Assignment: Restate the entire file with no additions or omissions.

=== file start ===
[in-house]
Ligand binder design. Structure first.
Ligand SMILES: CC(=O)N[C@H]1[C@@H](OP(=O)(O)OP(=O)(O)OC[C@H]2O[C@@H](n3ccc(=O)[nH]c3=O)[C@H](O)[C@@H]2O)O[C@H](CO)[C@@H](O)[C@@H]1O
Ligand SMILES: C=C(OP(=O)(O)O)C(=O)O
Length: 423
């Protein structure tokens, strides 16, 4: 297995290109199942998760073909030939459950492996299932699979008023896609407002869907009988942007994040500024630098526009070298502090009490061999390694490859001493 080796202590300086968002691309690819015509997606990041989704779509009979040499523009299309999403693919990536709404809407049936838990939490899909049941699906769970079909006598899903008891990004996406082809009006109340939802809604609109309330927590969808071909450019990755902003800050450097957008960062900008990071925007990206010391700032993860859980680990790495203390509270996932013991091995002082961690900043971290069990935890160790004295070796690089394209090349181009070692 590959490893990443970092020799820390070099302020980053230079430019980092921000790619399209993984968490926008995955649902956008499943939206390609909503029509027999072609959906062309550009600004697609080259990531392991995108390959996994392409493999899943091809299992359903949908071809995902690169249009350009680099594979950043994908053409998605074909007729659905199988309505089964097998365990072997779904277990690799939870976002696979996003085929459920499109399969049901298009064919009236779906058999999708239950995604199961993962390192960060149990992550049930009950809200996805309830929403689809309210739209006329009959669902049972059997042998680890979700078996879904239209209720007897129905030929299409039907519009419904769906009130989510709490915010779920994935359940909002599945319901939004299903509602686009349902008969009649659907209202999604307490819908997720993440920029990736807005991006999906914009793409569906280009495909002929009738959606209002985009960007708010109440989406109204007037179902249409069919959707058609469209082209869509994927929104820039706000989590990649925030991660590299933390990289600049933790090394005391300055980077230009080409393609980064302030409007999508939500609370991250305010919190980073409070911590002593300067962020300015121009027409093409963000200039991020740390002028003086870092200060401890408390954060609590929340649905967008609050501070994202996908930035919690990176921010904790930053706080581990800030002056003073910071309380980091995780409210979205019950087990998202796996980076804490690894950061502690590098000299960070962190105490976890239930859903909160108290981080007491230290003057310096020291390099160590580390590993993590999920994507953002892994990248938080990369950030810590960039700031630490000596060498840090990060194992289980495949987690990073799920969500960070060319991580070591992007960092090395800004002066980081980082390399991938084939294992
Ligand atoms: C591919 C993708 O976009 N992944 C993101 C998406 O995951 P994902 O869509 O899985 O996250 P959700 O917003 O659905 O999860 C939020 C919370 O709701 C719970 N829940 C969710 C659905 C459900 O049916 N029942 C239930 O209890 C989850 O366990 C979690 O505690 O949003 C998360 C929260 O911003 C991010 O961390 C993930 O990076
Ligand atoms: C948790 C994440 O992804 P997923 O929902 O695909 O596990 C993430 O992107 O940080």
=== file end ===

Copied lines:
[in-house]
Ligand binder design. Structure first.
Ligand SMILES: CC(=O)N[C@H]1[C@@H](OP(=O)(O)OP(=O)(O)OC[C@H]2O[C@@H](n3ccc(=O)[nH]c3=O)[C@H](O)[C@@H]2O)O[C@H](CO)[C@@H](O)[C@@H]1O
Ligand SMILES: C=C(OP(=O)(O)O)C(=O)O
Length: 423
């Protein structure tokens, strides 16, 4: 297995290109199942998760073909030939459950492996299932699979008023896609407002869907009988942007994040500024630098526009070298502090009490061999390694490859001493 080796202590300086968002691309690819015509997606990041989704779509009979040499523009299309999403693919990536709404809407049936838990939490899909049941699906769970079909006598899903008891990004996406082809009006109340939802809604609109309330927590969808071909450019990755902003800050450097957008960062900008990071925007990206010391700032993860859980680990790495203390509270996932013991091995002082961690900043971290069990935890160790004295070796690089394209090349181009070692 590959490893990443970092020799820390070099302020980053230079430019980092921000790619399209993984968490926008995955649902956008499943939206390609909503029509027999072609959906062309550009600004697609080259990531392991995108390959996994392409493999899943091809299992359903949908071809995902690169249009350009680099594979950043994908053409998605074909007729659905199988309505089964097998365990072997779904277990690799939870976002696979996003085929459920499109399969049901298009064919009236779906058999999708239950995604199961993962390192960060149990992550049930009950809200996805309830929403689809309210739209006329009959669902049972059997042998680890979700078996879904239209209720007897129905030929299409039907519009419904769906009130989510709490915010779920994935359940909002599945319901939004299903509602686009349902008969009649659907209202999604307490819908997720993440920029990736807005991006999906914009793409569906280009495909002929009738959606209002985009960007708010109440989406109204007037179902249409069919959707058609469209082209869509994927929104820039706000989590990649925030991660590299933390990289600049933790090394005391300055980077230009080409393609980064302030409007999508939500609370991250305010919190980073409070911590002593300067962020300015121009027409093409963000200039991020740390002028003086870092200060401890408390954060609590929340649905967008609050501070994202996908930035919690990176921010904790930053706080581990800030002056003073910071309380980091995780409210979205019950087990998202796996980076804490690894950061502690590098000299960070962190105490976890239930859903909160108290981080007491230290003057310096020291390099160590580390590993993590999920994507953002892994990248938080990369950030810590960039700031630490000596060498840090990060194992289980495949987690990073799920969500960070060319991580070591992007960092090395800004002066980081980082390399991938084939294992
Ligand atoms: C591919 C993708 O976009 N992944 C993101 C998406 O995951 P994902 O869509 O899985 O996250 P959700 O917003 O659905 O999860 C939020 C919370 O709701 C719970 N829940 C969710 C659905 C459900 O049916 N029942 C239930 O209890 C989850 O366990 C979690 O505690 O949003 C998360 C929260 O911003 C991010 O961390 C993930 O990076
Ligand atoms: C948790 C994440 O992804 P997923 O929902 O695909 O596990 C993430 O992107 O940080």